You can change the NLS environment using the Web-based System Manager Users application or the Manage Language Environment SMIT interface to:
In addition, you can use the setmaps command to set the code set map of a terminal.
The setting of the LANG environment variable (the "LANG = <name>" string in the /etc/environment file) designates the default locale, which is a language-territory-code-set combination. The default locale provides formats for default collation, character classification, case conversion, numeric and monetary formatting, date-and-time formatting, and affirmative or negative responses. The default locale includes reference to the code set.
If more than one code set is supported for a given language-territory combination, multiple low-function terminal (LFT) keyboard mappings exist. The selected keyboard mapping has to match the code set of the selected language environment.
Users can perform such tasks as selecting the active font and selecting the font to load for the next system restart. The selected font has to support the same code set as the selected language environment and LFT keyboard mapping.
Message catalogs are shipped in one code set for each translated language-territory combination. The code set of the message catalog has to match the code set of the locale.
User-defined flat files of one code set can be converted to another code set when appropriate (IBM-850 to ISO8859-1, for example).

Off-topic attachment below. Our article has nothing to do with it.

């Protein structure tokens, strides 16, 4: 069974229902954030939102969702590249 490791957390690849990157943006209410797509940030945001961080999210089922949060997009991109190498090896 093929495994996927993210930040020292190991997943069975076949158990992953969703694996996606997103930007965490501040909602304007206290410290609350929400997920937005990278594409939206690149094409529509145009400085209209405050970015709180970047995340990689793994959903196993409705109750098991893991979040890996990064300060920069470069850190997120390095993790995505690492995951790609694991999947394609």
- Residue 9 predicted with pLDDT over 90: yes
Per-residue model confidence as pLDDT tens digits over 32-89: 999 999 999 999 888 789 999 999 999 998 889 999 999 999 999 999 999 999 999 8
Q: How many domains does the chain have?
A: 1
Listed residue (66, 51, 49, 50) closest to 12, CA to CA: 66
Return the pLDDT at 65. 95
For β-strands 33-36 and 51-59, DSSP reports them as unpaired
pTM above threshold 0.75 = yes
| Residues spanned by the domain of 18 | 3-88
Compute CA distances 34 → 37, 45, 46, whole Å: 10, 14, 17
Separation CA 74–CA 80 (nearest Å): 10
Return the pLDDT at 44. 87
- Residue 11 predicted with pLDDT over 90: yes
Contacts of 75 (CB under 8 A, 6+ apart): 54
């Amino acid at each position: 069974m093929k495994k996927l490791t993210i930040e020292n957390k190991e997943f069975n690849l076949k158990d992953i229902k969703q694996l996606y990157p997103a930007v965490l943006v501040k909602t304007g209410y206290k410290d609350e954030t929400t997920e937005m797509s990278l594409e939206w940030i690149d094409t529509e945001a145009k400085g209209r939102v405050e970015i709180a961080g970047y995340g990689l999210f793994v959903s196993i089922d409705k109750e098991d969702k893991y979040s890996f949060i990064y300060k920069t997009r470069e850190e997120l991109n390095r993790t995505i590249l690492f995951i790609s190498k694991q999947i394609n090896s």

There are several NLS-related scenarios some users may encounter on the system. This section lists common scenarios with suggested actions to be taken.
The user may be satisfied with the default code set for language-territory combinations even where more than one code set is supported. The user may keep the default code set if the current user environment uses that code set, or if the user is new and has no code set preference.
The language-territory selected at system installation time will be defaulted to the appropriate locale based on the default code set. The default keyboard mappings, default font, and message catalogs are all established around the default code set. This scenario requires no special action from the user.
Flat text files that require conversion to the preferred code set may be converted through the Web-based System Manager Users application, the Manage the Language Environment SMIT menu, or the iconv utility. User-defined structured files require conversion through user-written conversion tools that use the iconv library functions to convert the desired text fields within the structured files.
If a special locale is desired (that is, a locale different from any of those provided), take the following steps with a user ID that allows read or write permissions (for example, root):
cd /usr/lib/nls/loc cp en_GB.ISO8859-1.src gwm.src
vi gwm.src change d_fmt "%d%m%y" to d_fmt "%m-%d-%y"
localedef -f ISO8859-1 -i gwm.src gwm
LOCPATH=/usr/lib/nls/loc; export LOCPATH
Note: All setuid and setgid programs ignore the LOCPATH environment variable.